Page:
A Giant Eye on The Amazon

A Giant Eye on The Amazon
Posted by CN Staff on June 22, 2002 at 11:14:06 PT
By Patrice M. Jones, Foreign Correspondent
Source: Sun-Sentinel
Towering above the treetops near the Amazon's winding Rio Negro, a gigantic spinning radar points skyward, obscuring a splendid view of puffy white clouds. In a control room miles away, technicians sit transfixed to computer screens, gathering and analyzing the information the radar collects.The radar is only one piece of a complex jigsaw puzzle of some of the most advanced surveillance technology that will attempt to provide an electronic view of the darkest reaches of the planet's largest and most mysterious rain forest.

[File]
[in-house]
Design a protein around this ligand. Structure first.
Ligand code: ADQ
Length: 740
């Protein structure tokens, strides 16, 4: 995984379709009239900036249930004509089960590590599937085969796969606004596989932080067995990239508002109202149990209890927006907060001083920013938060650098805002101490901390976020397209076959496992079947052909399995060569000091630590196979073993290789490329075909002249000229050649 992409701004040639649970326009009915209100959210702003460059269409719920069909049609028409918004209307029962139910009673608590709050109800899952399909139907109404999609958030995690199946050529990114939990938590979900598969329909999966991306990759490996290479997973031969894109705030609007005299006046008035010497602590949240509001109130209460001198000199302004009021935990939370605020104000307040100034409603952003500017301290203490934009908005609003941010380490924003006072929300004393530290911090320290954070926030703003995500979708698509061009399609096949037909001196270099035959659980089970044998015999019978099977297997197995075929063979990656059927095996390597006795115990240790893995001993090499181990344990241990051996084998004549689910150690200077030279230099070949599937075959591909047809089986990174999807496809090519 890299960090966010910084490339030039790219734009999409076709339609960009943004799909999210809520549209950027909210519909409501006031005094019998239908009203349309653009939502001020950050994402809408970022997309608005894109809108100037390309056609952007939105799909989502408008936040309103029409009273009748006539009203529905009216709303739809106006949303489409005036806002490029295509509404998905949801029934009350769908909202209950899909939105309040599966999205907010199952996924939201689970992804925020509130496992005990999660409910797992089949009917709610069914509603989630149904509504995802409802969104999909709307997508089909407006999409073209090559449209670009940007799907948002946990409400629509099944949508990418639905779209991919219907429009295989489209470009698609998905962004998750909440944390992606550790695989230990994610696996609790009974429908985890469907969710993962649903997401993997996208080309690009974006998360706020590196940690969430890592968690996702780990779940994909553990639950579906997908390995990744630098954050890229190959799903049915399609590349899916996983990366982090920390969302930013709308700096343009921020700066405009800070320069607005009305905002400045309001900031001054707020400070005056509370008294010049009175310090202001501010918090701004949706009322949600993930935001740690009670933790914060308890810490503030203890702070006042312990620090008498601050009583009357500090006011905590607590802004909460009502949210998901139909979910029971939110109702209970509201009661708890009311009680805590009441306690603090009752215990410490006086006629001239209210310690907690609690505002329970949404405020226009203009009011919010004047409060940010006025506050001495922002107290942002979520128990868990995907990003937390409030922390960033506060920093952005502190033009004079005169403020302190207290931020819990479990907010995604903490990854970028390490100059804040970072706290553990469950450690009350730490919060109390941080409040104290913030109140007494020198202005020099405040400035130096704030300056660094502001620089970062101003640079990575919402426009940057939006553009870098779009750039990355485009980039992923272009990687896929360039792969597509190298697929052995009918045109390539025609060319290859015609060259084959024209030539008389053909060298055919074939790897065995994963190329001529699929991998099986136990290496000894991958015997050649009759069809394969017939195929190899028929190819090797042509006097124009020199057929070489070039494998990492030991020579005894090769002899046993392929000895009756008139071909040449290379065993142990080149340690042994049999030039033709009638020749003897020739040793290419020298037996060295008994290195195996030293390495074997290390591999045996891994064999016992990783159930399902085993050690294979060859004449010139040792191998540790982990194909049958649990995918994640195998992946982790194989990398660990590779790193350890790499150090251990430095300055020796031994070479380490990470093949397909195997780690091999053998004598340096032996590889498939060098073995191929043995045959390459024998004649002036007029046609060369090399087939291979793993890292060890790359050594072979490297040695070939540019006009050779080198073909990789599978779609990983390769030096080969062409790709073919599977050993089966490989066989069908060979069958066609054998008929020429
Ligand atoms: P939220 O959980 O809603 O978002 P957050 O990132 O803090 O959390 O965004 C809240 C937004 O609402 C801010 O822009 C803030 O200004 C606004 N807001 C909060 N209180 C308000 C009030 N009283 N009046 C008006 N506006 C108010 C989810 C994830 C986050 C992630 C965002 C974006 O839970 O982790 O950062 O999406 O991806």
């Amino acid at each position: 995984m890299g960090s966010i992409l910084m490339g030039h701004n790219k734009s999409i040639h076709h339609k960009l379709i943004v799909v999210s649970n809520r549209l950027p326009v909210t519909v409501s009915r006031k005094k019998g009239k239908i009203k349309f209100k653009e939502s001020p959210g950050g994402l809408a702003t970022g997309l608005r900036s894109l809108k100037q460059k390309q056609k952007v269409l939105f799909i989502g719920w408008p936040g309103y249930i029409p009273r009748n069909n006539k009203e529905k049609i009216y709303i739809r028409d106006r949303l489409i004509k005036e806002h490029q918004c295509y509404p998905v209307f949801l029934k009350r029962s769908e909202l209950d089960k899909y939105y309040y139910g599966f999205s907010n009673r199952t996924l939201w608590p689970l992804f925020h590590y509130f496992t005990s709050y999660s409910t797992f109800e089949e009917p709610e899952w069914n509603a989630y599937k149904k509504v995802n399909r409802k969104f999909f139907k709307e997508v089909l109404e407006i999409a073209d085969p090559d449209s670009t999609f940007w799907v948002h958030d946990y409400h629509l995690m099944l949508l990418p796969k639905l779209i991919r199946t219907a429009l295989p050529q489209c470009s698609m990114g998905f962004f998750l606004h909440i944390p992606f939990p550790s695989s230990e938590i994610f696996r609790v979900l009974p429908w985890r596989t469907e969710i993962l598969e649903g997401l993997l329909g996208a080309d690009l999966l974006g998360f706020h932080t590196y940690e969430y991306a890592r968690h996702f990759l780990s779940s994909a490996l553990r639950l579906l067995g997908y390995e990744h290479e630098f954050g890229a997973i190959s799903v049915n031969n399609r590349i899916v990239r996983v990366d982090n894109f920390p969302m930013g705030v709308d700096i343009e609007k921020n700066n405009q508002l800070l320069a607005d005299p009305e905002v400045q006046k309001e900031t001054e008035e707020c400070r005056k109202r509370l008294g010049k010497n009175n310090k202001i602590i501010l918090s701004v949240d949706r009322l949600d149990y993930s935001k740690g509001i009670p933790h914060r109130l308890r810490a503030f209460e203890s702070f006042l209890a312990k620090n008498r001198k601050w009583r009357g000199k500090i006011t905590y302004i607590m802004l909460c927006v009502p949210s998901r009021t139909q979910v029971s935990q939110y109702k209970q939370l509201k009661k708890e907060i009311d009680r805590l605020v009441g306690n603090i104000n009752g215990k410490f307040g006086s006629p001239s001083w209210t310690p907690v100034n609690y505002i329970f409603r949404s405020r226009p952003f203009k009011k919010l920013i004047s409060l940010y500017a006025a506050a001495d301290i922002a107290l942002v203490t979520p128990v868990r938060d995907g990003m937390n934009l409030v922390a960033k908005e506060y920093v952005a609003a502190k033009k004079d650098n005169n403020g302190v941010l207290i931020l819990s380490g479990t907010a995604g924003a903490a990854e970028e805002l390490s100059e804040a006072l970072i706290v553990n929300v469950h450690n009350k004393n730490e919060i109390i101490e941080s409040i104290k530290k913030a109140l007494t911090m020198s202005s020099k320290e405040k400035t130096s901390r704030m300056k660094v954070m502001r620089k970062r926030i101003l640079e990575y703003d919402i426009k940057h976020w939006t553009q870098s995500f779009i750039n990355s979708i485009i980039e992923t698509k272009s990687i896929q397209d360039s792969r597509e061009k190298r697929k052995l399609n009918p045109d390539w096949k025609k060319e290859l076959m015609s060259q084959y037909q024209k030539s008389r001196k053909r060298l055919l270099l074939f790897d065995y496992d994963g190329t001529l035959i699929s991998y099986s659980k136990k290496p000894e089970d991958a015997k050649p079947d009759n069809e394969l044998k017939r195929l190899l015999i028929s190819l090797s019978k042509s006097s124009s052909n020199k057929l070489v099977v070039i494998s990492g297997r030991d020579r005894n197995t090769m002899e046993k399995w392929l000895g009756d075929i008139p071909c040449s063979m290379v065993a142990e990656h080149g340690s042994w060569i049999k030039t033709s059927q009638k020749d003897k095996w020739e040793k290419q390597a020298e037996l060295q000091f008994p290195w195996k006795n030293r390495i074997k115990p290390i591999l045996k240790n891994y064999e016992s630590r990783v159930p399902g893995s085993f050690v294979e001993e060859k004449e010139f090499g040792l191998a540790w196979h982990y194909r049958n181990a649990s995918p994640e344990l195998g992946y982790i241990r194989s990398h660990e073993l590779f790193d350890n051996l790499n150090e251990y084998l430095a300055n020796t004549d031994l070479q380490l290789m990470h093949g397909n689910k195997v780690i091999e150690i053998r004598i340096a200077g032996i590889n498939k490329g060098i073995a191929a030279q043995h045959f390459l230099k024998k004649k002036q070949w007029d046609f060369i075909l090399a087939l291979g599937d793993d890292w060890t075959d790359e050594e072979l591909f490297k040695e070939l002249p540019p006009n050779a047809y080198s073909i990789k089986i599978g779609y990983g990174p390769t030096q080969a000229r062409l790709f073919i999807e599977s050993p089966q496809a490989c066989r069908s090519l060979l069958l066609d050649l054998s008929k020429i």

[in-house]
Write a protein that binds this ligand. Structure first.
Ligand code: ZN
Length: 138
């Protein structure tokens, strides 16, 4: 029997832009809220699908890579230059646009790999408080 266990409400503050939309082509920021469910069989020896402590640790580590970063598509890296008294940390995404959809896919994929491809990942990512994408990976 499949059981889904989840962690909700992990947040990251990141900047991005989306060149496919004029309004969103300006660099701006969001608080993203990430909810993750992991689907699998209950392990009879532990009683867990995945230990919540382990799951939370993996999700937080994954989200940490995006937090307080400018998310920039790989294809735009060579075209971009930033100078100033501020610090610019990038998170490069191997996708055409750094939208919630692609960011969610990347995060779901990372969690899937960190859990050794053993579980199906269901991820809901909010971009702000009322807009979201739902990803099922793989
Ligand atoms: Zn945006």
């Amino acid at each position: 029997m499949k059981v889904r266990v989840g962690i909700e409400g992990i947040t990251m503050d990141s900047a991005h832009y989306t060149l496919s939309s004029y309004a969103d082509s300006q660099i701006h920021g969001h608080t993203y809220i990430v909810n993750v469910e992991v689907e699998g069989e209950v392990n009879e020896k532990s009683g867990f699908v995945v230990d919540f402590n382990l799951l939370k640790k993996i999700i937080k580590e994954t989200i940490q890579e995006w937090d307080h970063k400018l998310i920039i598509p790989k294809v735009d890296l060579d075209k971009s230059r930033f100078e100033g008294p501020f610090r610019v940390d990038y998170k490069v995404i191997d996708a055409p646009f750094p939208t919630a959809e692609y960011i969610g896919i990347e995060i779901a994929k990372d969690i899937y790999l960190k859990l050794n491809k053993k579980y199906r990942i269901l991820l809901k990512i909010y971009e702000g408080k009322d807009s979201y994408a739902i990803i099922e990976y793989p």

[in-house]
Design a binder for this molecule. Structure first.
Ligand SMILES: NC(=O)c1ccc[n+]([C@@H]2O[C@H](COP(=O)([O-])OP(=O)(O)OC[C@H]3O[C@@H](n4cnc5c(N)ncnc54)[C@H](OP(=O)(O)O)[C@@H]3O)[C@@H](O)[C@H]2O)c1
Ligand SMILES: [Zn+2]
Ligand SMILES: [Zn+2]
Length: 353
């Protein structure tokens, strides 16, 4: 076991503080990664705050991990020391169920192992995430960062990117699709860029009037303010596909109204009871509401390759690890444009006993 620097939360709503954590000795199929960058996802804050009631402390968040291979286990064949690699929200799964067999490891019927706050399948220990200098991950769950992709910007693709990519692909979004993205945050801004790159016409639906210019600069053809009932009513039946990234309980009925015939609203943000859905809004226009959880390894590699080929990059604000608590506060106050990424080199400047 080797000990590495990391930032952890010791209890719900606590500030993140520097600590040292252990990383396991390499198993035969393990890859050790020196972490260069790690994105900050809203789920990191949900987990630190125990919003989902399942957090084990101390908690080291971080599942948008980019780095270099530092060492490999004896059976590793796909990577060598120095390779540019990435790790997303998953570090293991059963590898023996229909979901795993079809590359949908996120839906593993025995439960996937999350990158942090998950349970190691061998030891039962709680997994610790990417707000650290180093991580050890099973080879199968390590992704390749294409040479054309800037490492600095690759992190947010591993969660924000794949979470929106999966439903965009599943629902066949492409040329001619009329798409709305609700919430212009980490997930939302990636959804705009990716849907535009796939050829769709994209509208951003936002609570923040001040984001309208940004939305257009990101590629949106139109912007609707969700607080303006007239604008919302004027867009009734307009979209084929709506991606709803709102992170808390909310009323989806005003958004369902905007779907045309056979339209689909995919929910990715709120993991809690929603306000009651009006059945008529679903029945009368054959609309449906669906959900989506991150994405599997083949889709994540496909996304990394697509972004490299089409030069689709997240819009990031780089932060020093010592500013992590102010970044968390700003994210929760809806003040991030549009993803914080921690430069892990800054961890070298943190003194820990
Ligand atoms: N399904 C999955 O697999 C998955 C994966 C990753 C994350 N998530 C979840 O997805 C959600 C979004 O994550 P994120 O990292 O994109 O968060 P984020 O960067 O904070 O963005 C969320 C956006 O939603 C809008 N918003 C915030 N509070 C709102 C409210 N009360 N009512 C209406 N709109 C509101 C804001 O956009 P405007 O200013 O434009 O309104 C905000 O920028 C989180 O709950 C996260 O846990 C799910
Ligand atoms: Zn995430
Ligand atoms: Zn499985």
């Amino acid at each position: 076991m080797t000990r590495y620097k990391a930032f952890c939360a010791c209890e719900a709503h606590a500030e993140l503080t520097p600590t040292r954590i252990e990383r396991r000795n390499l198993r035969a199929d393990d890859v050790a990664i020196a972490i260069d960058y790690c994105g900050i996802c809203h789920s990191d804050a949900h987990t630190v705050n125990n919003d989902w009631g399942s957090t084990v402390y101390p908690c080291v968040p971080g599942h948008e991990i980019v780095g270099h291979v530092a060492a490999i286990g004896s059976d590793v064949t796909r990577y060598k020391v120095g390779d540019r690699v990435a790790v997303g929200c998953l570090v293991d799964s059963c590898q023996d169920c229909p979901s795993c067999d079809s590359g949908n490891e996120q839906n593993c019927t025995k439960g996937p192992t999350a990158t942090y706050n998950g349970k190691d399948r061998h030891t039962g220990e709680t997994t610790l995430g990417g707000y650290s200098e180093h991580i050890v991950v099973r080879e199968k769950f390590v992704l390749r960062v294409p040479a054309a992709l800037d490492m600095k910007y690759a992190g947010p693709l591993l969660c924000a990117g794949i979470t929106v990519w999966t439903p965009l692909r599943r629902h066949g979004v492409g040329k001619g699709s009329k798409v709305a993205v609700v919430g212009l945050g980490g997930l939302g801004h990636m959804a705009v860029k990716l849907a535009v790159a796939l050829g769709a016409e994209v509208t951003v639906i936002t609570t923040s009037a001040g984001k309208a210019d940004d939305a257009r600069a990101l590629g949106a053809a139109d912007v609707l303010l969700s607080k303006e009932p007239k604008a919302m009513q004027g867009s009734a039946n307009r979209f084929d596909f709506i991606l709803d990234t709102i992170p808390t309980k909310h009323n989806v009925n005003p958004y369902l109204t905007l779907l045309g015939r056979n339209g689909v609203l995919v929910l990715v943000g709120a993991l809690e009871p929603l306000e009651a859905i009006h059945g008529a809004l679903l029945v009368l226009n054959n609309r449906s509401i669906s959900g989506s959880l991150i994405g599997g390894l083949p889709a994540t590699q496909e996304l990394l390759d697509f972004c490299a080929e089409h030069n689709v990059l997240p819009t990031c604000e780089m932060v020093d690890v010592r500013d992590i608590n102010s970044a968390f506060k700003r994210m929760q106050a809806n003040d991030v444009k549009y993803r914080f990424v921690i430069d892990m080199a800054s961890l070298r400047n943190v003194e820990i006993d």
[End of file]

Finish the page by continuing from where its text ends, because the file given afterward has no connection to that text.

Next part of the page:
Designed by Massachusetts-based Raytheon Co., the system will employ 19 fixed and six transportable radar stations, along with surveillance airplanes and other high-tech tools, that essentially will give Brazilian officials the equivalent of a giant microscope to observe what is happening on the jungle floor and in the sky over the Amazon.It will watch about 2 million square miles, more than half the area of the United States.More than a decade in the making, the $1.4 billion project known as SIVAM, for System for the Vigilance of the Amazon, is only weeks from its official inauguration.Experts say Brazil's high-tech effort is unique, the most ambitious attempt to date to better monitor, protect and understand the Amazon, a beautiful but lawless jungle frontier exploited by drug traffickers, illegal loggers and clandestine land-clearing that turns the sky into a red smoky haze during the burning season.Particularly for Brazil, already losing its drug war and fighting the threat of neighboring Colombia's leftist rebels crossing into Brazilian territory, launching the high-tech program also will monitor regions where there is no military control. "This is a very bold proposal," said air force Lt. Col. Jurandyr Fonseca, a spokesman and coordinator of the SIVAM program. "It is an attempt by the Brazilian government to try to bring the various government agencies together to protect the Amazon." Low-flying cocaine smuggling aircraft will have a harder time hiding over the dense jungle carpet because specially designed surveillance planes and air traffic control radars will be able to track their movements.Satellites and other special aircraft also will monitor land use, identify deforestation and track raging forest fires. The new web of technology can even help battle epidemics by allowing health officials to monitor the geographic spread of disease across remote jungle regions. Environmentalists say SIVAM also provides Brazil with a unique opportunity to improve its image as a poor protector of a rain forest that boasts the widest biodiversity on the planet.The Amazon region covers 60 percent of Brazilian territory, parts of seven other countries and is still largely a steamy wilderness.But the big-ticket satellite project also has raised troubling questions that expose some of Brazil's traditional failures in preserving the Amazon. "No one who is concerned about what is going on in the Amazon can rationally be against better data and the government having a greater capacity to control and measure what is going on in the Amazon," said Steve Schwartzman, a senior researcher with the Environmental Defense Fund in Washington, D.C. "But ... for many years the Brazilian government had a great deal of information about many misuses of the Amazon, such as deforestation, and did nothing about it."Niro Higuchi, a forestry expert at the National Amazon Research Institute, points out that technology is only one part of the solution. "If [Brazilian government officials] don't improve in this area of human resources, they will simply have lots of information that is never acted upon," Higuchi said."We cannot win the war against the Amazon crimes unless we harness the potential of this system," Fonseca said.Patrice M. Jones writes for the Chicago Tribune, a Tribune Co. newspaper. Source: South Florida Sun Sentinel (FL)Author: Patrice M. Jones, Foreign CorrespondentPublished: June 22, 2002Copyright: 2002 South Florida Sun-SentinelContact: letters sun-sentinel.comWebsite: http://www.sun-sentinel.comRelated Articles & Web Site: SIVAM from Colombia Threaten Ecuadoreans Amounts of Amazon Rainforest Being Lost
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